A total of 52 former students have now signed on to a class-action lawsuit against Career Point College, the for-profit university that closed without warning earlier this week.
According to Career Point CEO Lawrence Earle, the private vocational school was forced to close after three staffers broke “rules related to student aid funds,” prompting the Department of Education to slash the school’s funding. And students —some months away from graduating, others with loans up to $30,000—have been left in the dark.
Since its Monday shutdown, Career Point staffers haven’t responded to any calls or emails from its thousands of jilted students, according to the dozens of them represented by Attorney Aric Garza. Their lawsuit asks for an explanation— and a payout of up to $1 million.
But the beef with the company goes beyond this week’s hasty closure.
The lawsuit claims that for years, Earle and Career Point Vice President Carol Kendall tricked students into signing onto classes that came with hidden expenses and were falsely accredited. According to the Express-News, the students also say the school tacked unnecessary fees on basic university duties, like scheduling appointments with the school's financial aid office.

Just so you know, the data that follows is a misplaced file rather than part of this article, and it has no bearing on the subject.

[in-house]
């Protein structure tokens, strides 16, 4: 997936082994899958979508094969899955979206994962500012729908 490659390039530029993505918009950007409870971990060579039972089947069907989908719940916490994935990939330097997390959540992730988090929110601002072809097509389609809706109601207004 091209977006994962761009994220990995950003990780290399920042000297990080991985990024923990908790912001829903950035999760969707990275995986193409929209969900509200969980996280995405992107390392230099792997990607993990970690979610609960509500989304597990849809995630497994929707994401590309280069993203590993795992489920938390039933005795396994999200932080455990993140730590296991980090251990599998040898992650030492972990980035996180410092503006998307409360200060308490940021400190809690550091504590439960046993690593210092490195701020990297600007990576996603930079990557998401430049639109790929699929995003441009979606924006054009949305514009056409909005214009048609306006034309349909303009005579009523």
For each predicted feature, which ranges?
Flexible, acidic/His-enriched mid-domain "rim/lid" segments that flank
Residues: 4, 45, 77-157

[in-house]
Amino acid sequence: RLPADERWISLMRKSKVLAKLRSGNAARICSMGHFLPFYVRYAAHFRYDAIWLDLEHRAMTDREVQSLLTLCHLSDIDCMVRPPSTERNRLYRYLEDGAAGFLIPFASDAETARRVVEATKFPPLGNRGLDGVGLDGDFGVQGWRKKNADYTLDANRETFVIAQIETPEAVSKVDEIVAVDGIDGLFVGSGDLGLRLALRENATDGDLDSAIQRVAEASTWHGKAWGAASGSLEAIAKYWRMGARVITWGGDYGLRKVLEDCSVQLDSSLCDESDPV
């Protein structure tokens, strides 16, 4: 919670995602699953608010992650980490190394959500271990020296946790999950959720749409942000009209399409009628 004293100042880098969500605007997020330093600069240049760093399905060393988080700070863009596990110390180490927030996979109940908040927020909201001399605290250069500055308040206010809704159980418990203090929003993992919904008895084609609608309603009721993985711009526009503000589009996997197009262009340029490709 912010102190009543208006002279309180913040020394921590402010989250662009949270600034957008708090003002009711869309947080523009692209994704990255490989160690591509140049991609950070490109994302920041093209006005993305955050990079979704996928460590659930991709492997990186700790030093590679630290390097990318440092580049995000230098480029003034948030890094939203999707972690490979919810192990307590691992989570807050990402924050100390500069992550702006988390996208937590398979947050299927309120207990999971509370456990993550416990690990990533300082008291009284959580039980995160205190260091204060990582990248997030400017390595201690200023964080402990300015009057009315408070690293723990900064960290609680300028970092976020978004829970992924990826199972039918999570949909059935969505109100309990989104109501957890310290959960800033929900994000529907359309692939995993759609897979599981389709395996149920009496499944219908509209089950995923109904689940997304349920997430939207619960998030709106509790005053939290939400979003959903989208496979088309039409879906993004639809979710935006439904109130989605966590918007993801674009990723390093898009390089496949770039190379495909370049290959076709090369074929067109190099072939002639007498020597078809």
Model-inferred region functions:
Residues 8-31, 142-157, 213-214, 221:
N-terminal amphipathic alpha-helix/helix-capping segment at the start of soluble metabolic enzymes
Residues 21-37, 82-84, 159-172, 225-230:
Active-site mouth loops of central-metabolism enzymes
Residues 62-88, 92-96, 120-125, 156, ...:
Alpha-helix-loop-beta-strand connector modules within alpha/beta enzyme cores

Put plainly, 52 students (for now) say Career Point has been committing fraud for years. Unfortunately, this wouldn’t be a first—at least two major private colleges have shuttered under the weight of fraud charges this year alone.
On Thursday, State District Judge Karen Pozza granted a temporary restraining order meant to ensure Career Point staff doesn't destroy any financial or education-related documents linked to the student plaintiffs.
According to the lawsuit, the students have reason to believe staffers have already begun shredding some important documents.
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